On the role of the Agulhas system in ocean circulation and climate

Abstract

The Atlantic Ocean receives warm, saline water from the Indo-Pacific Ocean through Agulhas leakage around the southern tip of Africa. Recent findings suggest that Agulhas leakage is a crucial component of the climate system and that ongoing increases in leakage under anthropogenic warming could strengthen the Atlantic overturning circulation at a time when warming and accelerated meltwater input in the North Atlantic is predicted to weaken it. Yet in comparison with processes in the North Atlantic, the overall Agulhas system is largely overlooked as a potential climate trigger or feedback mechanism. Detailed modelling experiments—backed by palaeoceanographic and sustained modern observations—are required to establish firmly the role of the Agulhas system in a warming climate.

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Figure 1: Agulhas leakage affected by westerly winds and position of subtropical front.
Figure 2: Warm, saline Agulhas waters influence temperature and salinity in the Atlantic over the full depth of the water column.
Figure 3: Agulhas leakage advects warm, saline waters into the Atlantic, predominantly through Agulhas rings.
Figure 4: Palaeoceanographic time series from the Agulhas leakage corridor spanning the last 570,000 yr.

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Acknowledgements

Fig. 1 was produced by E. Van Sebille and Fig. 2 was produced by H. Van Aken. We thank D. leBars for discussions. L.M.B. is funded by the US National Science Foundation through the ACT project, award no. OCE-0850891. W.P.M.D.R. is funded by the Netherlands Organization for Scientific Research through the INATEX program, ZKO no. 839.08.430. R.Z. receives funding from the Ministerio de Ciencia e Innovación, Spain, through grant CGL2007-61579/CLI. A.B. and R.Z. acknowledge funding by the EC FP7 Marie Curie ITN GATEWAYS. This document is based on work partially supported by the US National Science Foundation under Grant OCE-0938349 to the Scientific Committee on Oceanic Research.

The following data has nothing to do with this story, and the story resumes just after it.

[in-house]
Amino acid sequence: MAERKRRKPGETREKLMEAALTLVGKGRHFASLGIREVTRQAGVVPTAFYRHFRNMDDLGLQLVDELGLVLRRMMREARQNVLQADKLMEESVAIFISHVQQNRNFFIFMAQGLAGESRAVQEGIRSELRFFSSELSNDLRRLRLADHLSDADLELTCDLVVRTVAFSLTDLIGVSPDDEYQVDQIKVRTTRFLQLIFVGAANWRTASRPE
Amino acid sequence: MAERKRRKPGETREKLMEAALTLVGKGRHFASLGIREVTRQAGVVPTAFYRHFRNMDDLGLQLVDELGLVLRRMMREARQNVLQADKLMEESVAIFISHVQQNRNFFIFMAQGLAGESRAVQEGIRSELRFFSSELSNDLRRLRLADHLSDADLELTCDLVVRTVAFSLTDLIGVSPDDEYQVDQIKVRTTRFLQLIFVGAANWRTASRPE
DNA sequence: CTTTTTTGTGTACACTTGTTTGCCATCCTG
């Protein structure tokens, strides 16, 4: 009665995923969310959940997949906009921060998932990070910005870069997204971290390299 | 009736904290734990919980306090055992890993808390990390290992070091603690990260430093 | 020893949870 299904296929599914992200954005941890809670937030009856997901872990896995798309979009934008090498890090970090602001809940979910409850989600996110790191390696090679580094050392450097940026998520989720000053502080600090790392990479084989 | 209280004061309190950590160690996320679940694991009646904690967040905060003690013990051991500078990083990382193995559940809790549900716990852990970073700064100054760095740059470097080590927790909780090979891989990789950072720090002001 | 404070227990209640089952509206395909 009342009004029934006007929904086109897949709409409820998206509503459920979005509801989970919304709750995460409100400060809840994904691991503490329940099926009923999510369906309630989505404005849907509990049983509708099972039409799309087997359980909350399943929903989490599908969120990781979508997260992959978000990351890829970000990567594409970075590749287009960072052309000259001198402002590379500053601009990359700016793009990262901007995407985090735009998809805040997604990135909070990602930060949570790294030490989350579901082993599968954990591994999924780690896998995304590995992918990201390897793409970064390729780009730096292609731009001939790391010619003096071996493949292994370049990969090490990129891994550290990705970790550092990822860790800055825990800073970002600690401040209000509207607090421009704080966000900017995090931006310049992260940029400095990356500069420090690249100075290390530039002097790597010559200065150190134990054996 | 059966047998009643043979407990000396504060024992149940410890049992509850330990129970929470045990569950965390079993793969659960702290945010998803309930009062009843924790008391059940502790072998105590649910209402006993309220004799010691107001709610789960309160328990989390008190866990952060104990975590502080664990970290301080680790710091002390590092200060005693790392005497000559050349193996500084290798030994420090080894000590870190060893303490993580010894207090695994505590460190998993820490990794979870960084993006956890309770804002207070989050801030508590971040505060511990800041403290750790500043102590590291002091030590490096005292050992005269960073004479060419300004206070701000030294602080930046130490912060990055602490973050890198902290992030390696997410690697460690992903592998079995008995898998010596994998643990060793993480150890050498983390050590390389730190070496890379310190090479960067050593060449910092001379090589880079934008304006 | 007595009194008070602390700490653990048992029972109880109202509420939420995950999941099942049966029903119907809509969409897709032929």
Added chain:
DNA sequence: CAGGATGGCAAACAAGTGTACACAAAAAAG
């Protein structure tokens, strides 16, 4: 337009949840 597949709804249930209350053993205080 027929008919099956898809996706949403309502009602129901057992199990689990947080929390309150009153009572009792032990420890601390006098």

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The ideas presented here were developed jointly by L.M.B., W.P.M.D.R., A.B., R.Z. and the SCOR/WCRP/IAPSO Working Group 136 on the Climatic Importance of the Greater Agulhas System. Working Group 136 is sponsored by the Scientific Committee for Oceanic Research (SCOR), the World Climate Research Program (WCRP) and the International Association for the Physical Sciences of the Ocean (IAPSO).

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Correspondence to Lisa M. Beal.

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Beal, L., De Ruijter, W., Biastoch, A. et al. On the role of the Agulhas system in ocean circulation and climate. Nature 472, 429–436 (2011). https://doi.org/10.1038/nature09983

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